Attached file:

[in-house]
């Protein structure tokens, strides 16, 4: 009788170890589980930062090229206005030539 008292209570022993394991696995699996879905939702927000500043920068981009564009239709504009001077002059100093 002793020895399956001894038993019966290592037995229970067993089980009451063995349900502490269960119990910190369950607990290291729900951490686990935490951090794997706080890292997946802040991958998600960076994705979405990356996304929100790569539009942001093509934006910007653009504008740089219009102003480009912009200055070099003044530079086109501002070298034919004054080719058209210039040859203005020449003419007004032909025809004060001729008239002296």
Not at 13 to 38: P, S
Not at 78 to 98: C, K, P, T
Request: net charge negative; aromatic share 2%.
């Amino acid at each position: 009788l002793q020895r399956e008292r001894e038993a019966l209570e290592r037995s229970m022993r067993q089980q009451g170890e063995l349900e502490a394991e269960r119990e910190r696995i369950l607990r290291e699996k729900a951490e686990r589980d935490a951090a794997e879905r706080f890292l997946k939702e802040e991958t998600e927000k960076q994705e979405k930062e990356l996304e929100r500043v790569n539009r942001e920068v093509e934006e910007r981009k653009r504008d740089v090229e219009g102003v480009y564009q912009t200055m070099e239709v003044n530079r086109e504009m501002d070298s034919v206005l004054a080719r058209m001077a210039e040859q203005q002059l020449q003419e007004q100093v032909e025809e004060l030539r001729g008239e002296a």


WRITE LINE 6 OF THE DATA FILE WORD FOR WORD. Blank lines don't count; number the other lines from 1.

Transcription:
């Amino acid at each position: 009788l002793q020895r399956e008292r001894e038993a019966l209570e290592r037995s229970m022993r067993q089980q009451g170890e063995l349900e502490a394991e269960r119990e910190r696995i369950l607990r290291e699996k729900a951490e686990r589980d935490a951090a794997e879905r706080f890292l997946k939702e802040e991958t998600e927000k960076q994705e979405k930062e990356l996304e929100r500043v790569n539009r942001e920068v093509e934006e910007r981009k653009r504008d740089v090229e219009g102003v480009y564009q912009t200055m070099e239709v003044n530079r086109e504009m501002d070298s034919v206005l004054a080719r058209m001077a210039e040859q203005q002059l020449q003419e007004q100093v032909e025809e004060l030539r001729g008239e002296a």